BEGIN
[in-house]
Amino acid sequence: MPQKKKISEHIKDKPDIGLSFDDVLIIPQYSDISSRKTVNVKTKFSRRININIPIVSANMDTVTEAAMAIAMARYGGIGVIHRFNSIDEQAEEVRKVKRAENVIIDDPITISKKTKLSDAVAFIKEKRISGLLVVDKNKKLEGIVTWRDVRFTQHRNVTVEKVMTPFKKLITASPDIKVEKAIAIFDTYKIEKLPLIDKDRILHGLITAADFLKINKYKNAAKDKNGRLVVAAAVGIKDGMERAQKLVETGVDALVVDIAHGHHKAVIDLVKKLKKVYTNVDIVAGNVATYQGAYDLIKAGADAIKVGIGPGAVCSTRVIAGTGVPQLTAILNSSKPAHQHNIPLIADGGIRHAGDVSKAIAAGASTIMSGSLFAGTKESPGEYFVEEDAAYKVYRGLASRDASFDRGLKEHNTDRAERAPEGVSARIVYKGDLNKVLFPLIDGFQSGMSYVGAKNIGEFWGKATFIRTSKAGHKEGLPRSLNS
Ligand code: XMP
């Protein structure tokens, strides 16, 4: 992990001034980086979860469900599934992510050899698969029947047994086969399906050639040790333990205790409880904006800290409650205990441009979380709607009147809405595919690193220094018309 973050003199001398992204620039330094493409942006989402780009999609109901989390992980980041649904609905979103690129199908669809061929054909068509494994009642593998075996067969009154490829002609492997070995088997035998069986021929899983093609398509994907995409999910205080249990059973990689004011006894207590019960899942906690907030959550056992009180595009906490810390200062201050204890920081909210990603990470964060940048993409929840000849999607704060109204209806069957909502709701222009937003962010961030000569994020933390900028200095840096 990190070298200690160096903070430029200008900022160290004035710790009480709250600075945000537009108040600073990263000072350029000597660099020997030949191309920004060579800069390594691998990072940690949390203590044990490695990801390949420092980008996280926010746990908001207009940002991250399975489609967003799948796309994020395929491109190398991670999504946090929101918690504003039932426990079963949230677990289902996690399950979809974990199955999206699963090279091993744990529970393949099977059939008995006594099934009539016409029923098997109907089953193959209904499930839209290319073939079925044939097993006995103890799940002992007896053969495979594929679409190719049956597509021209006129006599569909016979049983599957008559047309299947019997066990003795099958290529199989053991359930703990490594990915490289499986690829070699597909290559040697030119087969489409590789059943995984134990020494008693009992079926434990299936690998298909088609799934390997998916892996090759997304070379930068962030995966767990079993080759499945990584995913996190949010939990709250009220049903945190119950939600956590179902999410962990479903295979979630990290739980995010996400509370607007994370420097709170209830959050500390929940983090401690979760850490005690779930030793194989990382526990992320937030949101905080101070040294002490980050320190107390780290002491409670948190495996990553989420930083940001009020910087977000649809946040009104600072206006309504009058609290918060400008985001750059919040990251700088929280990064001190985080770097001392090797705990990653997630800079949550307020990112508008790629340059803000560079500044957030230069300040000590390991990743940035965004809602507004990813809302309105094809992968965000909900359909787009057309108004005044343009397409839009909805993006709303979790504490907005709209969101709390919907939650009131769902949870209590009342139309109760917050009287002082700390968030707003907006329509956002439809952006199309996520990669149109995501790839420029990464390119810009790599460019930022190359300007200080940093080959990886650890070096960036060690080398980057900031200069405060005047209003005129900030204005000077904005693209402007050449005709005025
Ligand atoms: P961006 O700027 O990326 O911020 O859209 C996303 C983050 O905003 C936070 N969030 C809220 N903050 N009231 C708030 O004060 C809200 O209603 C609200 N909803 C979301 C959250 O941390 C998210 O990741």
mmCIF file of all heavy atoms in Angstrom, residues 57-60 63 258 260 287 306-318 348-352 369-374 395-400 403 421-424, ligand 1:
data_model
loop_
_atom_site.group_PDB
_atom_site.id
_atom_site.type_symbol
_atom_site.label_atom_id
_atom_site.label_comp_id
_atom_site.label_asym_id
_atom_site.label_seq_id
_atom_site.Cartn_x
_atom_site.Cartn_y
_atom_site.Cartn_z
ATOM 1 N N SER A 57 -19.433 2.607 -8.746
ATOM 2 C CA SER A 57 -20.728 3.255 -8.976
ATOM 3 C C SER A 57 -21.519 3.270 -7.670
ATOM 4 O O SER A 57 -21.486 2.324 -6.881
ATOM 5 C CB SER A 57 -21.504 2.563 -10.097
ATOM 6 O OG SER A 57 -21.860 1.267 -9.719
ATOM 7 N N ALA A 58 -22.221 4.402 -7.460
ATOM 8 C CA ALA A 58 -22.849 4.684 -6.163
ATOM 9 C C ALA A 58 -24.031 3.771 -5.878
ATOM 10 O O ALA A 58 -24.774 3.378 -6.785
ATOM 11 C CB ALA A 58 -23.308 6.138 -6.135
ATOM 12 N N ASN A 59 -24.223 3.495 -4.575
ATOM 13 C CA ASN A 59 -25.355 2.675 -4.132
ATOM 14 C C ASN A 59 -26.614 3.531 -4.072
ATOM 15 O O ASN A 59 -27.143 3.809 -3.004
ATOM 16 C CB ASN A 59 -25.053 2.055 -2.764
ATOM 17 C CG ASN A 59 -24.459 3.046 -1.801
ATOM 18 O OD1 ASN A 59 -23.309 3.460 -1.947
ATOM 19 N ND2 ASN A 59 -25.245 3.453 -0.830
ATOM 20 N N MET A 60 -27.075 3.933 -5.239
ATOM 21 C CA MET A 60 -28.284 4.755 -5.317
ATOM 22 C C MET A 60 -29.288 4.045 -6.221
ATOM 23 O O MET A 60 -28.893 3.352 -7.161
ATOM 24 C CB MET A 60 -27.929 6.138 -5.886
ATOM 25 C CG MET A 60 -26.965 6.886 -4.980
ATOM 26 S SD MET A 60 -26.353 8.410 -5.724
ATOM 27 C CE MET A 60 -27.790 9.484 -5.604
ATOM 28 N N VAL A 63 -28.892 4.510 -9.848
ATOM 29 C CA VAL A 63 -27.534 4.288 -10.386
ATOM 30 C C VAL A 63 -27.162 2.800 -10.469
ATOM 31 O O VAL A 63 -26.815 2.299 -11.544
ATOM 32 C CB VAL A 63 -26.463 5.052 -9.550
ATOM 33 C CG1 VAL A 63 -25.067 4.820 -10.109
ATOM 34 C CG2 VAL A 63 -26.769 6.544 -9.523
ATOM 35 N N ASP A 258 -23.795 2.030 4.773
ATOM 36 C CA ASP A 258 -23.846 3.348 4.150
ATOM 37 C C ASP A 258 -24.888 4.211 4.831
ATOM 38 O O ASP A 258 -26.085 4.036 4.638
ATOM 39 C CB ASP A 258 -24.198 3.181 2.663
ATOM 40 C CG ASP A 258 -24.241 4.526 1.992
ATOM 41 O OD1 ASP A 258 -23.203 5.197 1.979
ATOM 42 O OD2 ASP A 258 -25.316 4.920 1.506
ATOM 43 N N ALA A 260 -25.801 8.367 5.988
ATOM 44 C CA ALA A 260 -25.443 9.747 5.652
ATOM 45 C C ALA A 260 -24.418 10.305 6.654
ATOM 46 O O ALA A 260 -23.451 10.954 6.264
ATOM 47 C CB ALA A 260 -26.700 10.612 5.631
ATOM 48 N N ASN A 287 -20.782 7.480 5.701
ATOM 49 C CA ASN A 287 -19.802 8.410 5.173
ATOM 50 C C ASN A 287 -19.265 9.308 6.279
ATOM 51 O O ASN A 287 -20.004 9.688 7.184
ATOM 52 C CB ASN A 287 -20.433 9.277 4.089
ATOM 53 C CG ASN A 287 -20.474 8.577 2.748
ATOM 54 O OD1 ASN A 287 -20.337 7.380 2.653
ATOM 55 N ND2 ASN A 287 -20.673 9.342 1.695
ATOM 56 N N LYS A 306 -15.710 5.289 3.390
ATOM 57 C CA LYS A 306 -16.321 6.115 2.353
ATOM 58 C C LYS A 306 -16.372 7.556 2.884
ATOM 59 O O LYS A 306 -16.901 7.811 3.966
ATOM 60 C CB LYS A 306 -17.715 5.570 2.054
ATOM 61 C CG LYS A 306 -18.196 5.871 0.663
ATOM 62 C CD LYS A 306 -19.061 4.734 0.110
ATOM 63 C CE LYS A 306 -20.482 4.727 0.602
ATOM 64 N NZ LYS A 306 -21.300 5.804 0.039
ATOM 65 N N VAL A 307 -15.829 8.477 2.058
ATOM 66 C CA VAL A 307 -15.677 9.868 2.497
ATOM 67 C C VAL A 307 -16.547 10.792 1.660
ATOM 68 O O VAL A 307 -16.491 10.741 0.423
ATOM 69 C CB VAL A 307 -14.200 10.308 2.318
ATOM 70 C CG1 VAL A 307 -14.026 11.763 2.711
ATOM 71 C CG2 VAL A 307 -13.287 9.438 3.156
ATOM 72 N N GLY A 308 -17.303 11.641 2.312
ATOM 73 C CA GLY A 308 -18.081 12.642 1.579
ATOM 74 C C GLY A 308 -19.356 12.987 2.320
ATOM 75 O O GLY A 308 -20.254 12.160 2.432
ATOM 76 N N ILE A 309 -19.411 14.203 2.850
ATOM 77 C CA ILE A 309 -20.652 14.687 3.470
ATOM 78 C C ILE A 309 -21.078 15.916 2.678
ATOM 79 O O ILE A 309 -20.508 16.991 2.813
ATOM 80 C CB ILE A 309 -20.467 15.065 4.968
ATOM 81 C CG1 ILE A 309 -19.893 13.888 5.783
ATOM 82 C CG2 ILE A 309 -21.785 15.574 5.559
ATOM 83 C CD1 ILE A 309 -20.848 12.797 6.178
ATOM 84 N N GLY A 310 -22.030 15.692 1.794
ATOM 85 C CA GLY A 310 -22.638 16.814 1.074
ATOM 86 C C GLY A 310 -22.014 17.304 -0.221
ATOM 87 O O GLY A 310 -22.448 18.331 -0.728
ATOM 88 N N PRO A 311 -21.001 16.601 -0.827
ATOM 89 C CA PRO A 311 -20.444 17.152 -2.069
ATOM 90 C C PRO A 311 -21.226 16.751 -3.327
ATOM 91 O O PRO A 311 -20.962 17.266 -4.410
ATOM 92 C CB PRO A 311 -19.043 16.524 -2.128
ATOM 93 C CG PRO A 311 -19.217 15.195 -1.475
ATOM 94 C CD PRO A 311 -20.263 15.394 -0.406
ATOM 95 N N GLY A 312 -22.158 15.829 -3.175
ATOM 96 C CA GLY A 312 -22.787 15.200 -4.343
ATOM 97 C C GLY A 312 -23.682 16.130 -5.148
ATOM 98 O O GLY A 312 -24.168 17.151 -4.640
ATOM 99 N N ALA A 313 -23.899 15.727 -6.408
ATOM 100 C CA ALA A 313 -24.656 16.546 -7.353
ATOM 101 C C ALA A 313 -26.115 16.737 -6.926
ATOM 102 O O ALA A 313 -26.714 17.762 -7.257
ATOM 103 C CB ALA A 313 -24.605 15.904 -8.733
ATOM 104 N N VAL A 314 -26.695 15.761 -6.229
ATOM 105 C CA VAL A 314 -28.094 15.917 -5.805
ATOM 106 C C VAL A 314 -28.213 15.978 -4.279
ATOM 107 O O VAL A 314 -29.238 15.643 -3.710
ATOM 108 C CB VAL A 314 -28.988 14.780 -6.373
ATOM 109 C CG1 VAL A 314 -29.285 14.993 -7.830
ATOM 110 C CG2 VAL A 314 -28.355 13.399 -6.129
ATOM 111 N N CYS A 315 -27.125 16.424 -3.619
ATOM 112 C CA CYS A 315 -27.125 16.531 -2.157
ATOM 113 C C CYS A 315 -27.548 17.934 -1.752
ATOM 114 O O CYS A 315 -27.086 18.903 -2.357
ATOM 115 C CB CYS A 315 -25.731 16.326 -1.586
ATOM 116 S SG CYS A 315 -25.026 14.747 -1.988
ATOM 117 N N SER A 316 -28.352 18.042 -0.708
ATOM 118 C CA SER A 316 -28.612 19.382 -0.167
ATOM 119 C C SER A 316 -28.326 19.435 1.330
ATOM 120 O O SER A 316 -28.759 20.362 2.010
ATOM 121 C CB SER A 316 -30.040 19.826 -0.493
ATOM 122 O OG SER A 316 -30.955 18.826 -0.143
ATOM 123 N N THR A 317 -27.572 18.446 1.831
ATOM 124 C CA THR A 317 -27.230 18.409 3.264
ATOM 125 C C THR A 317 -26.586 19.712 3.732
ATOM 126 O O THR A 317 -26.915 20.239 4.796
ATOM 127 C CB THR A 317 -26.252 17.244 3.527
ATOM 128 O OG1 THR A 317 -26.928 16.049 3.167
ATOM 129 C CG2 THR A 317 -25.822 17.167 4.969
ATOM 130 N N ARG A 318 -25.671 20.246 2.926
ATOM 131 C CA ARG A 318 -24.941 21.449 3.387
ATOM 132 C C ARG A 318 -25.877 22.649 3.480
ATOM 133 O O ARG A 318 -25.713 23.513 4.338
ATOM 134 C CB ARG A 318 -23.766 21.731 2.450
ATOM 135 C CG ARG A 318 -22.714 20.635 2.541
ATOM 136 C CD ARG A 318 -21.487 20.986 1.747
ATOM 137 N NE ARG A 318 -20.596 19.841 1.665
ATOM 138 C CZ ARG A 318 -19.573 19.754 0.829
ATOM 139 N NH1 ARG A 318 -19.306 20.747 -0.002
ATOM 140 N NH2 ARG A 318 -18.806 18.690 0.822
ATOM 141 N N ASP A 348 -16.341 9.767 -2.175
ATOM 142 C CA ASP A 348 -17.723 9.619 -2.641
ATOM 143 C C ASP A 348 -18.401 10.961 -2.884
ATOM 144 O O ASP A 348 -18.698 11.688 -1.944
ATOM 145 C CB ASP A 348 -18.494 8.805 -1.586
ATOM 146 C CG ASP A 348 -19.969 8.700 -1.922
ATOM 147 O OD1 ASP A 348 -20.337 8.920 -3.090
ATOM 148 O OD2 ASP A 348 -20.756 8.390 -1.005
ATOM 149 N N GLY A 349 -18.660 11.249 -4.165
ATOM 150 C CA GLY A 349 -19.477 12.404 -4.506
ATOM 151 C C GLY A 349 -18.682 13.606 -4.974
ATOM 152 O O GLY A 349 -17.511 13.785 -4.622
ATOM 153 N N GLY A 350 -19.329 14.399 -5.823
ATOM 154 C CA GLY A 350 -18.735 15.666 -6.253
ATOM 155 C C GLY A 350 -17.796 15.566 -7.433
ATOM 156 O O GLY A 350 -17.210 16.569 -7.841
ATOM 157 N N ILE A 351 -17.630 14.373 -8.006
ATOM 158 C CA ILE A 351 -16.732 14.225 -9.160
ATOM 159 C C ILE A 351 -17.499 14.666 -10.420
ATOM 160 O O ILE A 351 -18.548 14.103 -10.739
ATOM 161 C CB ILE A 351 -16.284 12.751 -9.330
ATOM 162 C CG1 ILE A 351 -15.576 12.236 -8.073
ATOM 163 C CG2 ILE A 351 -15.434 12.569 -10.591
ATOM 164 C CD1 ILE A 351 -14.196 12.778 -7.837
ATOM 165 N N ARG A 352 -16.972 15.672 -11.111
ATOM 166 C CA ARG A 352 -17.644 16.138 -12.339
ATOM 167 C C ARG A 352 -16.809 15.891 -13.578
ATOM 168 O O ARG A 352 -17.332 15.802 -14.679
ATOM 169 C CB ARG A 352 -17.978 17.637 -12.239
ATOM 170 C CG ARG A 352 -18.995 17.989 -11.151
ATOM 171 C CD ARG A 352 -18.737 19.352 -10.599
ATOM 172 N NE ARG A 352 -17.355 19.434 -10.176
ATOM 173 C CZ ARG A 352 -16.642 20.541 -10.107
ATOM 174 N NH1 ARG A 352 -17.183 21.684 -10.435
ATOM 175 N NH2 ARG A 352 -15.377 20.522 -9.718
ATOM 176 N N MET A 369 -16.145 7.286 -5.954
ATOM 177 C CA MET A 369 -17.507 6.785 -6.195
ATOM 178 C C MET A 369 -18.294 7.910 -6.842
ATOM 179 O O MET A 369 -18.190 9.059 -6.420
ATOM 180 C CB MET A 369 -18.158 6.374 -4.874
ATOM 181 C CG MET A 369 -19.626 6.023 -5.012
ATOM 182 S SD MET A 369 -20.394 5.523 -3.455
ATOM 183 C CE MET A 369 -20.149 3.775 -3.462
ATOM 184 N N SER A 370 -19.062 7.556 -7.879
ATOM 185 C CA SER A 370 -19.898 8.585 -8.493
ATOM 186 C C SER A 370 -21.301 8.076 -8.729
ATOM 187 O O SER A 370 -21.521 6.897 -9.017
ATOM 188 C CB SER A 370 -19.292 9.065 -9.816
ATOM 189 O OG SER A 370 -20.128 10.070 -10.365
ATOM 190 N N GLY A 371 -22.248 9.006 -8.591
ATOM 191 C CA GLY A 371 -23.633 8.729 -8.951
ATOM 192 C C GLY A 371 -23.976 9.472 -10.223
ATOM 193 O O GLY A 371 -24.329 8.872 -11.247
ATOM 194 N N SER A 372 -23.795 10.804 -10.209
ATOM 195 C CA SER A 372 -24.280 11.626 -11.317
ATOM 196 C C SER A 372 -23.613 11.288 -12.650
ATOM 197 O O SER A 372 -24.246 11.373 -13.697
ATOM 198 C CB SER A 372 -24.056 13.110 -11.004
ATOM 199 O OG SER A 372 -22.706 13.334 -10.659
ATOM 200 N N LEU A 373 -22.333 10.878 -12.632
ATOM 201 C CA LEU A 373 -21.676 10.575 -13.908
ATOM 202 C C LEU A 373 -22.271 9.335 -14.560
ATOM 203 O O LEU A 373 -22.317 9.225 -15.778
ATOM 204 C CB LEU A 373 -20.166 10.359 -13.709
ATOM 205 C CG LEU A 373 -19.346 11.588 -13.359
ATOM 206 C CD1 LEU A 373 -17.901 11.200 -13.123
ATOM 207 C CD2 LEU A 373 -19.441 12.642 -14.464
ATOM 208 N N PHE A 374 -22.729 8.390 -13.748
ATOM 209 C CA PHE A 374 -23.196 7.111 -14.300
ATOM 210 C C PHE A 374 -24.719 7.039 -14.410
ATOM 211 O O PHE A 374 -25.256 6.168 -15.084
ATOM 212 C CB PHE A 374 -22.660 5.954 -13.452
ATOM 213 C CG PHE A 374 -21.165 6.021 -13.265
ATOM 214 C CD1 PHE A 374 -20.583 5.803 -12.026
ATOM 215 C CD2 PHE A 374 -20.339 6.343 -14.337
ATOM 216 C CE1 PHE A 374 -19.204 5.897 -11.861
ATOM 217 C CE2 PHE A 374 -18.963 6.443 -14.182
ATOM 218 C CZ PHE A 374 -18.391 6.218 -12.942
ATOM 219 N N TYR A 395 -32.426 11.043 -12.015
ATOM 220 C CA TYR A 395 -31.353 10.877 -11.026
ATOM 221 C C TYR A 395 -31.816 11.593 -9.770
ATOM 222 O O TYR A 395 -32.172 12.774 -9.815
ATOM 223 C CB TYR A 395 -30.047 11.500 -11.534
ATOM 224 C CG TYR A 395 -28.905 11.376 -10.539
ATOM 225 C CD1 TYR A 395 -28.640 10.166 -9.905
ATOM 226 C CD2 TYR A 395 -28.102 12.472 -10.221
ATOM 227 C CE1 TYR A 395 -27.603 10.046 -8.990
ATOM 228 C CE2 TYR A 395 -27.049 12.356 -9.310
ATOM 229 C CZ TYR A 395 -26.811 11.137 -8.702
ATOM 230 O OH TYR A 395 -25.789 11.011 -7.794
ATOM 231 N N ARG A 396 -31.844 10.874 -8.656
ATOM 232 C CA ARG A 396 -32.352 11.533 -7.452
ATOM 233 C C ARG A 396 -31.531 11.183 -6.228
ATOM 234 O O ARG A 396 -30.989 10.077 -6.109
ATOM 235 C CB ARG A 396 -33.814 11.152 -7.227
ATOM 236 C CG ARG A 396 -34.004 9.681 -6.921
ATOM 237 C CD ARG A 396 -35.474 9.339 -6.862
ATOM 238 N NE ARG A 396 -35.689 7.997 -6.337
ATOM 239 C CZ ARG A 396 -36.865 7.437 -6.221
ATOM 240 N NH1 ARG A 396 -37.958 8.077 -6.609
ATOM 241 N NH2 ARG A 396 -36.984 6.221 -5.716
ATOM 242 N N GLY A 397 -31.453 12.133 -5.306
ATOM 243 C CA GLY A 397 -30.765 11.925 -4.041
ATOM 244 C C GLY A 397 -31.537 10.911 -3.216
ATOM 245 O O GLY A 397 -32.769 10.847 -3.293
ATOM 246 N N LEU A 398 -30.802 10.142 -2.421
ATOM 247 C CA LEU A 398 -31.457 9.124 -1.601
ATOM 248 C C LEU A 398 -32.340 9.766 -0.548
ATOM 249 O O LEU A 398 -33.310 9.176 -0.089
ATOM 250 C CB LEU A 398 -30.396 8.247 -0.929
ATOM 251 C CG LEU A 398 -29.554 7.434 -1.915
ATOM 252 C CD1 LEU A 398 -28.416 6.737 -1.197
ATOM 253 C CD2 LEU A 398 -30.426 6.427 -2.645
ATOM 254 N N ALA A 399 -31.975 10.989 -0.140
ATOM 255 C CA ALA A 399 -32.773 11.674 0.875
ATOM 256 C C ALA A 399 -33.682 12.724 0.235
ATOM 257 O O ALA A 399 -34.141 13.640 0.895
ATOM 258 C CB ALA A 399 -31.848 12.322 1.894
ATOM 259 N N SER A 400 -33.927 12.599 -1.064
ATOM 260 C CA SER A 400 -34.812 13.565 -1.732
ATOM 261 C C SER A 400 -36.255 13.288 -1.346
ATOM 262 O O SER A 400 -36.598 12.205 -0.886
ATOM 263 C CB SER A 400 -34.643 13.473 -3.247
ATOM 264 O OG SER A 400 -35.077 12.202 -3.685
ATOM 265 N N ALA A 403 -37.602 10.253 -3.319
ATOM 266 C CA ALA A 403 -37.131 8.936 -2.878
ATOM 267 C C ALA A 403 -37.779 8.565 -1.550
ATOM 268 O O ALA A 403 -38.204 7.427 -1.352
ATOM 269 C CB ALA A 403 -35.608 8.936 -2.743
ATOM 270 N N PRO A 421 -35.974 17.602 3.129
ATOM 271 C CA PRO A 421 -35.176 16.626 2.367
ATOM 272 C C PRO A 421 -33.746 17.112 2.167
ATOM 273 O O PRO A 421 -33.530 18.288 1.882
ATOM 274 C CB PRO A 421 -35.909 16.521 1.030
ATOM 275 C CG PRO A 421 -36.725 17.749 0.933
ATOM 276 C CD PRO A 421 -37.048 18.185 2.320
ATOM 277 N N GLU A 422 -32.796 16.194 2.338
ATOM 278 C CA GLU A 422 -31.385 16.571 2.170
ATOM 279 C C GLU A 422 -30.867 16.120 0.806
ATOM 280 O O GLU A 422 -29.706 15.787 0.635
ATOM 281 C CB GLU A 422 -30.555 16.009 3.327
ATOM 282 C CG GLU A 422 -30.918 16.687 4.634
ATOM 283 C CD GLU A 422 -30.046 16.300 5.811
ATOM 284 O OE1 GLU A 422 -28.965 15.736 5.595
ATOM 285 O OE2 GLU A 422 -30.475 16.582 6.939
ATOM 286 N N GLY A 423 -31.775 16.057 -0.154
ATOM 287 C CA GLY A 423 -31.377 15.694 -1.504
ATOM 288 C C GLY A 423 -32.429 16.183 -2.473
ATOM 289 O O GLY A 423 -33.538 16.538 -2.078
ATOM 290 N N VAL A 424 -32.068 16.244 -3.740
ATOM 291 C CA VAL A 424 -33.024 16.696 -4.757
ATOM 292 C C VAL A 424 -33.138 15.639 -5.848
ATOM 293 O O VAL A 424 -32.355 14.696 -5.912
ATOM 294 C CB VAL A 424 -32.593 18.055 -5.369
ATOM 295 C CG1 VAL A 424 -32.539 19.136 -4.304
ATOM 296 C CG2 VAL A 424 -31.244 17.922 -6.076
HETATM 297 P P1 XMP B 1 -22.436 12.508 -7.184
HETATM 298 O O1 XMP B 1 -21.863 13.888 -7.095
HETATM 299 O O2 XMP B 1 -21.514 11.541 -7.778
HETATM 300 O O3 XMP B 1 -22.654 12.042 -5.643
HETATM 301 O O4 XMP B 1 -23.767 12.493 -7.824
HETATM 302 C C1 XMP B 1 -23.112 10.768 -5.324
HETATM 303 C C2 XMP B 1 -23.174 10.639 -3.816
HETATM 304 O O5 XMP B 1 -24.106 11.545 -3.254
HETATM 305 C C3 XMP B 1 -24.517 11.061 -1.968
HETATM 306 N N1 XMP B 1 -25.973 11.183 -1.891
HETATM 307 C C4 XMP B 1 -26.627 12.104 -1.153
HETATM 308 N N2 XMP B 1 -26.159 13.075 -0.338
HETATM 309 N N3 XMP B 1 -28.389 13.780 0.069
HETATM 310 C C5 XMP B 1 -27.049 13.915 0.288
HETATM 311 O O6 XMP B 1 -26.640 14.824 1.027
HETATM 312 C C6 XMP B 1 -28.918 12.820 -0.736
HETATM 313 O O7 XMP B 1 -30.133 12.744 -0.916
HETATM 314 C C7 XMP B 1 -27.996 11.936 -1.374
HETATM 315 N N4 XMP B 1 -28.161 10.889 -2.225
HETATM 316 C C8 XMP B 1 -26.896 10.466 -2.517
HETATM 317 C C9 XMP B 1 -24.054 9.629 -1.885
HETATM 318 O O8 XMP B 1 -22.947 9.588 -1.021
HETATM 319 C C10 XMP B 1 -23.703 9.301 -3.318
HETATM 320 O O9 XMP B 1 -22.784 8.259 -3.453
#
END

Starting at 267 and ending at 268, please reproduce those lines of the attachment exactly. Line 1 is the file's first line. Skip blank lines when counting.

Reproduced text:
ATOM 249 O O LEU A 398 -33.310 9.176 -0.089
ATOM 250 C CB LEU A 398 -30.396 8.247 -0.929